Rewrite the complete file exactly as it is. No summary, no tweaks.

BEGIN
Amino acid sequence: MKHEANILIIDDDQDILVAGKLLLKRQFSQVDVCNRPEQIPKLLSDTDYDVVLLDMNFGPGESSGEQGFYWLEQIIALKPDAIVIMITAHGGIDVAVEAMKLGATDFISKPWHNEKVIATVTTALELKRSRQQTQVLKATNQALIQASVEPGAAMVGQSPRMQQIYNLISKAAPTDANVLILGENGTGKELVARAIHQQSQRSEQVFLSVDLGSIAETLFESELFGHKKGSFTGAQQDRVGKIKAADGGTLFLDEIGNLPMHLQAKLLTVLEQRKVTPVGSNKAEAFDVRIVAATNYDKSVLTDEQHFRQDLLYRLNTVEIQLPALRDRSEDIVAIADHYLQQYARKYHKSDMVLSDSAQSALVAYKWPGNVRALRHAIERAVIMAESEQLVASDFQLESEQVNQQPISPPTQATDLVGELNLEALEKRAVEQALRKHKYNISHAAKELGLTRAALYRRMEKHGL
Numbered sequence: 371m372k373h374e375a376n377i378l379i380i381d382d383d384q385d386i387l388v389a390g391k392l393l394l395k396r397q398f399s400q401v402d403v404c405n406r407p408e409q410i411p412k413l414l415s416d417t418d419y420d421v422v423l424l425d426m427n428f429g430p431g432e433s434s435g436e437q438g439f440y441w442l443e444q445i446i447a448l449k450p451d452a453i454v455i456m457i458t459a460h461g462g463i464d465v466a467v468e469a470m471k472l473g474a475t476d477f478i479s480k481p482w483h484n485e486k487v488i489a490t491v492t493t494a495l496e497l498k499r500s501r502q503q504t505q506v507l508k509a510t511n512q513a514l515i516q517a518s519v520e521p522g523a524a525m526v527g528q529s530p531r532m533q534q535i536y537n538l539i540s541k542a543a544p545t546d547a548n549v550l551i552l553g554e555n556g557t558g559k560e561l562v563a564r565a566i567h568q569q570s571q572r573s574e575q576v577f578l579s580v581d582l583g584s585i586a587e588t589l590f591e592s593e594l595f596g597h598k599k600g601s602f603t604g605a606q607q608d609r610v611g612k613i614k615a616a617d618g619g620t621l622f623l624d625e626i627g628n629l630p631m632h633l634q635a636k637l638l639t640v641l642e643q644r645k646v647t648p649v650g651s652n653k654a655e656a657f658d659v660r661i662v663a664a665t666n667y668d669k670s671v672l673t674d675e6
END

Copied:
Amino acid sequence: MKHEANILIIDDDQDILVAGKLLLKRQFSQVDVCNRPEQIPKLLSDTDYDVVLLDMNFGPGESSGEQGFYWLEQIIALKPDAIVIMITAHGGIDVAVEAMKLGATDFISKPWHNEKVIATVTTALELKRSRQQTQVLKATNQALIQASVEPGAAMVGQSPRMQQIYNLISKAAPTDANVLILGENGTGKELVARAIHQQSQRSEQVFLSVDLGSIAETLFESELFGHKKGSFTGAQQDRVGKIKAADGGTLFLDEIGNLPMHLQAKLLTVLEQRKVTPVGSNKAEAFDVRIVAATNYDKSVLTDEQHFRQDLLYRLNTVEIQLPALRDRSEDIVAIADHYLQQYARKYHKSDMVLSDSAQSALVAYKWPGNVRALRHAIERAVIMAESEQLVASDFQLESEQVNQQPISPPTQATDLVGELNLEALEKRAVEQALRKHKYNISHAAKELGLTRAALYRRMEKHGL
Numbered sequence: 371m372k373h374e375a376n377i378l379i380i381d382d383d384q385d386i387l388v389a390g391k392l393l394l395k396r397q398f399s400q401v402d403v404c405n406r407p408e409q410i411p412k413l414l415s416d417t418d419y420d421v422v423l424l425d426m427n428f429g430p431g432e433s434s435g436e437q438g439f440y441w442l443e444q445i446i447a448l449k450p451d452a453i454v455i456m457i458t459a460h461g462g463i464d465v466a467v468e469a470m471k472l473g474a475t476d477f478i479s480k481p482w483h484n485e486k487v488i489a490t491v492t493t494a495l496e497l498k499r500s501r502q503q504t505q506v507l508k509a510t511n512q513a514l515i516q517a518s519v520e521p522g523a524a525m526v527g528q529s530p531r532m533q534q535i536y537n538l539i540s541k542a543a544p545t546d547a548n549v550l551i552l553g554e555n556g557t558g559k560e561l562v563a564r565a566i567h568q569q570s571q572r573s574e575q576v577f578l579s580v581d582l583g584s585i586a587e588t589l590f591e592s593e594l595f596g597h598k599k600g601s602f603t604g605a606q607q608d609r610v611g612k613i614k615a616a617d618g619g620t621l622f623l624d625e626i627g628n629l630p631m632h633l634q635a636k637l638l639t640v641l642e643q644r645k646v647t648p649v650g651s652n653k654a655e656a657f658d659v660r661i662v663a664a665t666n667y668d669k670s671v672l673t674d675e6